This is the medium dry version of the dry Xinisteri based Ayioklima (honeysuckle) from Costas Constantinou. It is presented in a stylish blue bottle, its lemon yellow colour once poured in the glass, soon erases the blue memory. The aroma opens up once warmed a bit to reveal classic grassy, lime and herbal notes mixed with some tropical - particularly passion fruit and melon. Mellower on the palate with some generous weight, with more citrus notes and sweet fruit that blend well with crispy, apple acidity, the aftertaste is dryer than the label suggests. €3.75

Non Vintage Constantinou Medium Dry red, Constantinou Winery, Pera Pedi, Lemesos Regional, abv 13%

This is a blend of red grape varieties (Grenache, Mataro and Cabernet Sauvignon), bright ruby colour with velvet notes. Intense red fruit aromas on the nose - maraschino cherry and red plums, roses and raisin with warm, sweet spice in the background. This light to medium body red has a palate that shows some spicy fruit with herbal notes and some dusty tannin, medium acidity and a sweet spice finish. Cool for a while before serving. €3.75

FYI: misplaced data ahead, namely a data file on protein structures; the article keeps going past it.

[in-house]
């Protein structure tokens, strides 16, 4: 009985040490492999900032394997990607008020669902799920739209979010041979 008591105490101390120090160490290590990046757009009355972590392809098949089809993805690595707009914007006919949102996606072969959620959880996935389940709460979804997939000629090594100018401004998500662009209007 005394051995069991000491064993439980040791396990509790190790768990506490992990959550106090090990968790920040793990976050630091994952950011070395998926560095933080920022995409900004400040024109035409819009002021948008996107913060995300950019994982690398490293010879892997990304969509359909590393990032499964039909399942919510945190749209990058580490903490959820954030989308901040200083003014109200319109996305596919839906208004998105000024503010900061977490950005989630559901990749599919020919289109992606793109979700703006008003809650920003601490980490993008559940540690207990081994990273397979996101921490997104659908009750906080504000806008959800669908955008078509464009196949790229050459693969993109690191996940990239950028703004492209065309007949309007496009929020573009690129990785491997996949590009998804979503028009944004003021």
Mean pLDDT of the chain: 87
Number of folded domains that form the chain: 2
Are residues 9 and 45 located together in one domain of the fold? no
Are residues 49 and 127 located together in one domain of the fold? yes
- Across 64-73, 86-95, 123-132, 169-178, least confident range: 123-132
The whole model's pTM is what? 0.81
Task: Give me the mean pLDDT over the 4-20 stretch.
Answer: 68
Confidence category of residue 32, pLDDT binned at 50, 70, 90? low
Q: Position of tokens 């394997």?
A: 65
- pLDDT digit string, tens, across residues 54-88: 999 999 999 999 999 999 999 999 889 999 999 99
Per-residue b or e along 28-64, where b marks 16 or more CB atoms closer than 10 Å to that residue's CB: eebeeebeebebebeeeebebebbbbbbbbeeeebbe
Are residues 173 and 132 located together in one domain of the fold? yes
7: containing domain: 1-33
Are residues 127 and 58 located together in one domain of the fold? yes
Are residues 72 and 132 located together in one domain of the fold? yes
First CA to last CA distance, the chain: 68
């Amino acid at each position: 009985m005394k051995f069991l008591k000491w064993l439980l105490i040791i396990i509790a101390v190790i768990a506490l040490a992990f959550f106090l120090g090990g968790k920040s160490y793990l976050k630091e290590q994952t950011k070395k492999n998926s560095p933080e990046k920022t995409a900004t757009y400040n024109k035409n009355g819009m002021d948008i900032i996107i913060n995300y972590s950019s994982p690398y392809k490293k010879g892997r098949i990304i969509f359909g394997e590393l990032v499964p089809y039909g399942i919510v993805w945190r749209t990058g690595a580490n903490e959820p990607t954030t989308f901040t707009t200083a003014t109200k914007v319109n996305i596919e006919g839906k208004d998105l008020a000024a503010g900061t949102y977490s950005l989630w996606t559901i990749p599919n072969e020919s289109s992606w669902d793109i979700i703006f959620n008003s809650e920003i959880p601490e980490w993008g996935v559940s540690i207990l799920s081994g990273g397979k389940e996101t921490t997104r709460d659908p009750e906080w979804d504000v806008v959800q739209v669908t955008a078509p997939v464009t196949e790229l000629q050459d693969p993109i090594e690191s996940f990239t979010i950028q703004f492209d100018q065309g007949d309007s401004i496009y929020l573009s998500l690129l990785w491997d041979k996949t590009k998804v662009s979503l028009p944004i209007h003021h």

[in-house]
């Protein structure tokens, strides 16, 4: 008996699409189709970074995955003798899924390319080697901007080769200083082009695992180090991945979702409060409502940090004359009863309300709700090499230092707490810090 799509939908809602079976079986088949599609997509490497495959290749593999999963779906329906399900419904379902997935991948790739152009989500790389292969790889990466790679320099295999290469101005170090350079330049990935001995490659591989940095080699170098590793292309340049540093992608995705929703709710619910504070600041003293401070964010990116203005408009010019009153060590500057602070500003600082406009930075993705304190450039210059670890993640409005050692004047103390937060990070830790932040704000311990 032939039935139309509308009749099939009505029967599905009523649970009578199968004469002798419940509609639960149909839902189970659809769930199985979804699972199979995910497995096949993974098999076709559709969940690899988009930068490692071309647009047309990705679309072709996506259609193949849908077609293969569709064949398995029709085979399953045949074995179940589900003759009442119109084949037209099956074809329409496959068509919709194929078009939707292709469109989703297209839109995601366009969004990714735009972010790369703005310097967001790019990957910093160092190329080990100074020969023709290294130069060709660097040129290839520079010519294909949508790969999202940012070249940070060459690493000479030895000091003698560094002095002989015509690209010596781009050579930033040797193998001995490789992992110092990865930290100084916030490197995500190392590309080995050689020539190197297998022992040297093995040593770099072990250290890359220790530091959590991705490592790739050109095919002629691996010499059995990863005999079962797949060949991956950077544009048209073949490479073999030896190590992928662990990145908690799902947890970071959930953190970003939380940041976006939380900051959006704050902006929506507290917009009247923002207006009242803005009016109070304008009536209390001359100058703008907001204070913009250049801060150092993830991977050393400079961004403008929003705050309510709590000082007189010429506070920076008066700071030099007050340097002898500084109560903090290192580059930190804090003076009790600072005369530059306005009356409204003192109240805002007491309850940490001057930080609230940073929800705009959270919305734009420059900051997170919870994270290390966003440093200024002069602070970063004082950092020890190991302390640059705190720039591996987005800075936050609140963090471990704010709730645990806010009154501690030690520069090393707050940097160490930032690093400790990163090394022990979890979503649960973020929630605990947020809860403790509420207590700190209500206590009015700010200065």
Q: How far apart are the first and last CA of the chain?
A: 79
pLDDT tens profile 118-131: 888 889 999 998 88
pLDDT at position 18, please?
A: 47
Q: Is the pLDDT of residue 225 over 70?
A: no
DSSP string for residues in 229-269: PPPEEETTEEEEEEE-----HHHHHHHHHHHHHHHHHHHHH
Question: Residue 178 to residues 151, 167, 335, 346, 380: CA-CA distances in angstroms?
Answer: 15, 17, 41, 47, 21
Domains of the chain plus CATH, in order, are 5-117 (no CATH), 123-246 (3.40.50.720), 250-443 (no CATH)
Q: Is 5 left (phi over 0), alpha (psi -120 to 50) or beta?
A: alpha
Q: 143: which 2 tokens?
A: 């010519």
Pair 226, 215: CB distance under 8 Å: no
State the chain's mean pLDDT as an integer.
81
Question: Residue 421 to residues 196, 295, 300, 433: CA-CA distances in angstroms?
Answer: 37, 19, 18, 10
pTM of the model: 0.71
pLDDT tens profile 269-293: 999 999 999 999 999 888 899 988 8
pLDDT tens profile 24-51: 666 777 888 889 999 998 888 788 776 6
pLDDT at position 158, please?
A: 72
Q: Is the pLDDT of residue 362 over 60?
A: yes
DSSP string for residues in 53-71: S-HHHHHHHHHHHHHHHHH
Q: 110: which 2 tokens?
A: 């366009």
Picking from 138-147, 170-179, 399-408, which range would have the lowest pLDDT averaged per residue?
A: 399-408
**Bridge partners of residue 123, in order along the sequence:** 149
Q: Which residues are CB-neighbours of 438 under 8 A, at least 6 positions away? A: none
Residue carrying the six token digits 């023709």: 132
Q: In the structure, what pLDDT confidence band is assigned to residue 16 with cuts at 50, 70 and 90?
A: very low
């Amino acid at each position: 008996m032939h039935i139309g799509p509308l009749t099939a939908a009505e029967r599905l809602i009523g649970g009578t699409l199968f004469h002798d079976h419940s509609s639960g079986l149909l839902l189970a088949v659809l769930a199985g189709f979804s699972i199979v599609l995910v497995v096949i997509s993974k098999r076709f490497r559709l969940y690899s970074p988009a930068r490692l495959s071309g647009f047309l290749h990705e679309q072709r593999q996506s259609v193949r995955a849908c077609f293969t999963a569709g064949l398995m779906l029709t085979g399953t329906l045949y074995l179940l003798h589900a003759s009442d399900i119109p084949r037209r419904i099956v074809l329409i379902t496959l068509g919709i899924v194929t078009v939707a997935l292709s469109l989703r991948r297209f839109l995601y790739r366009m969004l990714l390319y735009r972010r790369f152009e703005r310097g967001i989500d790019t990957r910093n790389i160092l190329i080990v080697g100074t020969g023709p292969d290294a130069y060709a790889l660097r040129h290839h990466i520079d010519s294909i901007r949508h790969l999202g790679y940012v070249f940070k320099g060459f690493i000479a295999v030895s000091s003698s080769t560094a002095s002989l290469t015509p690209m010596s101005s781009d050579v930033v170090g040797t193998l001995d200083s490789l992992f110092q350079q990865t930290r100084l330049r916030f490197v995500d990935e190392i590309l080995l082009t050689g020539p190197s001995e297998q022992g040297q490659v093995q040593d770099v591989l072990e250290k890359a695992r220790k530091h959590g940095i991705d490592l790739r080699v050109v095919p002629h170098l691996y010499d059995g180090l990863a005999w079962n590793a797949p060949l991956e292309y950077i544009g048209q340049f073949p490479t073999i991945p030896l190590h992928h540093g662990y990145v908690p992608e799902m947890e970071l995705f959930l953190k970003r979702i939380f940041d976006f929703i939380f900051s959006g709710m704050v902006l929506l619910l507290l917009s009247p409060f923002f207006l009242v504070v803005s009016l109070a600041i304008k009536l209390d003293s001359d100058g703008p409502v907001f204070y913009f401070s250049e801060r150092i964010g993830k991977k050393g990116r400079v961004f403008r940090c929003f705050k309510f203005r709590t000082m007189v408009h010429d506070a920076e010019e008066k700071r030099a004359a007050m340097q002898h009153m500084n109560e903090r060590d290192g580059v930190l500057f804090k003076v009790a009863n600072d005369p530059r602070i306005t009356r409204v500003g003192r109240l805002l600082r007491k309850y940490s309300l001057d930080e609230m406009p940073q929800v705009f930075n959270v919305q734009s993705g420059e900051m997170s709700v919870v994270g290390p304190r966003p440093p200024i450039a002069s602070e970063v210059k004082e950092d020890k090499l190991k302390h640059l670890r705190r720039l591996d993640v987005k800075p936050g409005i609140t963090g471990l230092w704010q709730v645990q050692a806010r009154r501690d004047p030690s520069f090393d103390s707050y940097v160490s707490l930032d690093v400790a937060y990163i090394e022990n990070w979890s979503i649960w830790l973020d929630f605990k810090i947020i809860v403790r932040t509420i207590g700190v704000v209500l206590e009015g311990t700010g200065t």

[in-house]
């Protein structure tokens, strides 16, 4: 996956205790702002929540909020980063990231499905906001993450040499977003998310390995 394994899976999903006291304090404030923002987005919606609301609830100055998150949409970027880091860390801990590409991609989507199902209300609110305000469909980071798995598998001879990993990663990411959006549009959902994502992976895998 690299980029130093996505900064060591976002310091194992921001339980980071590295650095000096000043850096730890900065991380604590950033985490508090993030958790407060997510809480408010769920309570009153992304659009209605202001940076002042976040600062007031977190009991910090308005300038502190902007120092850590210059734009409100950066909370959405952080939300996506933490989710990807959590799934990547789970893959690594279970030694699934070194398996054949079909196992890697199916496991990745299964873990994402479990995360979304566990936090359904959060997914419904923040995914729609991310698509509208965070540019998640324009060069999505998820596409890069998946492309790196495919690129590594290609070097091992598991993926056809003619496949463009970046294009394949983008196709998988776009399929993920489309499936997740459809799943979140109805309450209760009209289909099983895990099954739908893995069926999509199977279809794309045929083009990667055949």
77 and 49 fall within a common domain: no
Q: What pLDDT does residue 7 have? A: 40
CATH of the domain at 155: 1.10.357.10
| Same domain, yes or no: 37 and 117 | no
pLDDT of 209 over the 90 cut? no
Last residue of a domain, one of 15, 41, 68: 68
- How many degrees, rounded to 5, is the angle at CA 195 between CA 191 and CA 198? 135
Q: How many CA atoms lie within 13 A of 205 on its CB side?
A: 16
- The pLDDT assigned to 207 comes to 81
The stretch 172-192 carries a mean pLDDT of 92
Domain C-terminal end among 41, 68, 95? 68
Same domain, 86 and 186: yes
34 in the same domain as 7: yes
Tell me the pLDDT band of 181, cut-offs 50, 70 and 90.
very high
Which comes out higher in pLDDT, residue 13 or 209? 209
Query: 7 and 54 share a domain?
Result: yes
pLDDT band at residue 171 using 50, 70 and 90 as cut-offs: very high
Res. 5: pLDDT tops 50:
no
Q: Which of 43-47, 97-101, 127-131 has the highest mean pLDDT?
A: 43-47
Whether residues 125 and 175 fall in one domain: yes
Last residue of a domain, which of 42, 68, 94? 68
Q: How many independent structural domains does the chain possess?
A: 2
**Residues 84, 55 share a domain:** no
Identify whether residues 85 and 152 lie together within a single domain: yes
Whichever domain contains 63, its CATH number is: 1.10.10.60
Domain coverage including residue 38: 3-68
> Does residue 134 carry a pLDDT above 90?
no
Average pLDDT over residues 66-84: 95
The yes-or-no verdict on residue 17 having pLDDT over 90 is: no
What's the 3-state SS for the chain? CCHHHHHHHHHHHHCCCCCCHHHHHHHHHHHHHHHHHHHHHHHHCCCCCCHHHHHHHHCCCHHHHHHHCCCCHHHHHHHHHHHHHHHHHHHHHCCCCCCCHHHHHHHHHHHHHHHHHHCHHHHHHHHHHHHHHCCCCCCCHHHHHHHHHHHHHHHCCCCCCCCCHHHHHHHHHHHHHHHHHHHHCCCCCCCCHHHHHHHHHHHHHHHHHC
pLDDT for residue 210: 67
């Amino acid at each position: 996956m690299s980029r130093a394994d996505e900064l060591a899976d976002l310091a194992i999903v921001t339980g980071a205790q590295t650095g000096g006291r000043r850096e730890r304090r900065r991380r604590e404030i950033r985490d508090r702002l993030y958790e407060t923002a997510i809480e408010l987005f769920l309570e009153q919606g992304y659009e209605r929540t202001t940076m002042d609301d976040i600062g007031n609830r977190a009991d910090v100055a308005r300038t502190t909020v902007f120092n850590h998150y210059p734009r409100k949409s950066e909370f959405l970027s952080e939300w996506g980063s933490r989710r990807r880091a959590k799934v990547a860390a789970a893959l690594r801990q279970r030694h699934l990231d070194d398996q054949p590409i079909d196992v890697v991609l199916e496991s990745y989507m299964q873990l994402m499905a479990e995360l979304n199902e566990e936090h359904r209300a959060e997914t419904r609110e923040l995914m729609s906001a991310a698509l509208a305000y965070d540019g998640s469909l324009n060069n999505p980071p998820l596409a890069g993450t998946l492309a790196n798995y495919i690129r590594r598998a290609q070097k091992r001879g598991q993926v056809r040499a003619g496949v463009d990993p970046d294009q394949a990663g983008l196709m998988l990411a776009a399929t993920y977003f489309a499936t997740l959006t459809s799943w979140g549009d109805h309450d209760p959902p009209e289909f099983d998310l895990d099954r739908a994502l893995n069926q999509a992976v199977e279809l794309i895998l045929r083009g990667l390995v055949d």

2006 Velvet, Constantinou Winery, Pera Pedi, Lemesos Regional, abv 13%

Velvet has a similar blend of grapes to the medium dry red, the colour vibrant red with some purple tints. This is a stunning, complex wine, still a young red that exudes the powerful characteristics of all three varietals. On the nose, raspberry fruit with a hint of rose petals and violets, some toffee apple and caramel. The palate is fleshy and round, complemented by soft tannins and rich spices. A lingering finish allows you to continue enjoying the wine well after it has gone. €3.75

2007 Shiraz, Constantinou Winery, Pera Pedi, Lemesos Regional, abv 13.5 %

The silver-medal winner Shiraz, intense cherry red colour, the bouquet is lifted with notes of smoked meat, bacon, game, garrique, blackberries, cherries, pepper, dark chocolate and a hint of lavender. On the palate the wine has good acidity and fine tannin structure. It is dry and medium bodied with medium alcohol, a touch hot on the finish, with peppery cherry notes and a hint of chocolate. €6.90

Constantinou Winery, Tel: 25 470370


(Source: Cyprus Mail)
Copyright © Cyprus Mail 2008 Please contact Cyprus Mail for the copyright terms of this article.